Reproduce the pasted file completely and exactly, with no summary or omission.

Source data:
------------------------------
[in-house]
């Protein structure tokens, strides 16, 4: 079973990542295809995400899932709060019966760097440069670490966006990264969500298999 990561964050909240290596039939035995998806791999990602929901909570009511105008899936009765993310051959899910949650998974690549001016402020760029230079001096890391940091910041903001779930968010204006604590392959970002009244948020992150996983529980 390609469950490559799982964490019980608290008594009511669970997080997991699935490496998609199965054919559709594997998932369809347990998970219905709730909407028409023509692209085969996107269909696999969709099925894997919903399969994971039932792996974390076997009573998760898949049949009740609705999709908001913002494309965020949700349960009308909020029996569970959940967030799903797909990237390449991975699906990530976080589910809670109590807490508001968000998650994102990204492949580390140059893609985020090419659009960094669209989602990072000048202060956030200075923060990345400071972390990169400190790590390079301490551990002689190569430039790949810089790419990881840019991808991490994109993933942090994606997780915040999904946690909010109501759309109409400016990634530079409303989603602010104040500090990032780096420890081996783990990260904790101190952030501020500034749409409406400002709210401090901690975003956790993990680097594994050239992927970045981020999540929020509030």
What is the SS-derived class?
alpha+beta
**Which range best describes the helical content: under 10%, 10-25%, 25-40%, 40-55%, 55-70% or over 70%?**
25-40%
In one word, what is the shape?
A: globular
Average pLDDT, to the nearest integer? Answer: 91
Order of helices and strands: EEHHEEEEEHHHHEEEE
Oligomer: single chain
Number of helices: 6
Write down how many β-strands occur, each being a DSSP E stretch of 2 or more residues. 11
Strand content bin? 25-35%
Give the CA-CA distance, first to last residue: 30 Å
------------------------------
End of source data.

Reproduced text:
[in-house]
């Protein structure tokens, strides 16, 4: 079973990542295809995400899932709060019966760097440069670490966006990264969500298999 990561964050909240290596039939035995998806791999990602929901909570009511105008899936009765993310051959899910949650998974690549001016402020760029230079001096890391940091910041903001779930968010204006604590392959970002009244948020992150996983529980 390609469950490559799982964490019980608290008594009511669970997080997991699935490496998609199965054919559709594997998932369809347990998970219905709730909407028409023509692209085969996107269909696999969709099925894997919903399969994971039932792996974390076997009573998760898949049949009740609705999709908001913002494309965020949700349960009308909020029996569970959940967030799903797909990237390449991975699906990530976080589910809670109590807490508001968000998650994102990204492949580390140059893609985020090419659009960094669209989602990072000048202060956030200075923060990345400071972390990169400190790590390079301490551990002689190569430039790949810089790419990881840019991808991490994109993933942090994606997780915040999904946690909010109501759309109409400016990634530079409303989603602010104040500090990032780096420890081996783990990260904790101190952030501020500034749409409406400002709210401090901690975003956790993990680097594994050239992927970045981020999540929020509030």
What is the SS-derived class?
alpha+beta
**Which range best describes the helical content: under 10%, 10-25%, 25-40%, 40-55%, 55-70% or over 70%?**
25-40%
In one word, what is the shape?
A: globular
Average pLDDT, to the nearest integer? Answer: 91
Order of helices and strands: EEHHEEEEEHHHHEEEE
Oligomer: single chain
Number of helices: 6
Write down how many β-strands occur, each being a DSSP E stretch of 2 or more residues. 11
Strand content bin? 25-35%
Give the CA-CA distance, first to last residue: 30 Å